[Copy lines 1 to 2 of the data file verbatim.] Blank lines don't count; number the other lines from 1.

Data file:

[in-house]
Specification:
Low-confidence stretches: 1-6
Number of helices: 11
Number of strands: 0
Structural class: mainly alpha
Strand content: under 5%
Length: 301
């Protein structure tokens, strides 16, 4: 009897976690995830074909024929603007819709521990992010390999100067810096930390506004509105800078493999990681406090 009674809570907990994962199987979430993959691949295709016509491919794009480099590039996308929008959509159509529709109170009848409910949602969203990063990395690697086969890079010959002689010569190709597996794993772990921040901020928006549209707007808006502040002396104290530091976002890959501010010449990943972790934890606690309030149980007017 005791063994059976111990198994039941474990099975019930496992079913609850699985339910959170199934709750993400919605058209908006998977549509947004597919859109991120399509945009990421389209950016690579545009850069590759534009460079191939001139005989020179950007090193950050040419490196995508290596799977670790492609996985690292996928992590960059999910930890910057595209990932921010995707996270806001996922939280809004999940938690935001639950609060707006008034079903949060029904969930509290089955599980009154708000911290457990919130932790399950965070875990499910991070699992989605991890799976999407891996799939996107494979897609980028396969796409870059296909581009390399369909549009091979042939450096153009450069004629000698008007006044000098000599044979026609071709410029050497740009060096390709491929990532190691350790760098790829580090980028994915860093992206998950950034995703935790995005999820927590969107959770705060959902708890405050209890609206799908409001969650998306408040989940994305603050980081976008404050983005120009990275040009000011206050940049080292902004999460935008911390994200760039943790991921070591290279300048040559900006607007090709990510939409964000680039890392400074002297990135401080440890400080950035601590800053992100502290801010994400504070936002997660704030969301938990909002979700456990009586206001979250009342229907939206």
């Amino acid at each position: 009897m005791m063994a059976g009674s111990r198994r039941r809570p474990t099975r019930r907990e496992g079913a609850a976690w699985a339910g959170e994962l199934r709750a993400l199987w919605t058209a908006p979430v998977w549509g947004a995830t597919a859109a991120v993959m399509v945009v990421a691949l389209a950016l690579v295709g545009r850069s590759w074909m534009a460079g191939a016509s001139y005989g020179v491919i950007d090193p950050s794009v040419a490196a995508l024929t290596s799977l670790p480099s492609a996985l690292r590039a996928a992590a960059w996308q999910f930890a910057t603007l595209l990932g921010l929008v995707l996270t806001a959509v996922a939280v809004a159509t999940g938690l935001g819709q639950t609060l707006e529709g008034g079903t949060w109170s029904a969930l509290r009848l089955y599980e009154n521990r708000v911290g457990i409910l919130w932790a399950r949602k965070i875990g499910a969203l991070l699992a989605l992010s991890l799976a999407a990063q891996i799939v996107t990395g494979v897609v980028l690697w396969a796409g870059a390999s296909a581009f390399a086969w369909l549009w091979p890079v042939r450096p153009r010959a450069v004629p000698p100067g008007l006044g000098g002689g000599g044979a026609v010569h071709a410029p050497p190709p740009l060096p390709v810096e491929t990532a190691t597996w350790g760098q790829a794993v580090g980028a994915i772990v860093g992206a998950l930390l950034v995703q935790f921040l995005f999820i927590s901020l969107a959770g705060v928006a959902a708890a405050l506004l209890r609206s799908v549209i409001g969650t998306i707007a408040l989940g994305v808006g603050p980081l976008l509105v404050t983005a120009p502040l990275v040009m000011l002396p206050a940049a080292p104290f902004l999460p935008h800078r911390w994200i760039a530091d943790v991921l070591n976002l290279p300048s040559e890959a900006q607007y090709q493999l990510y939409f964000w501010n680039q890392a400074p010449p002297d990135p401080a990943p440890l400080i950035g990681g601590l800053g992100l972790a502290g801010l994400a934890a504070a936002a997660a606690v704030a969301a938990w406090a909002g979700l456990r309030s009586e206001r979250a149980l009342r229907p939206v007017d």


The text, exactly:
[in-house]
Specification: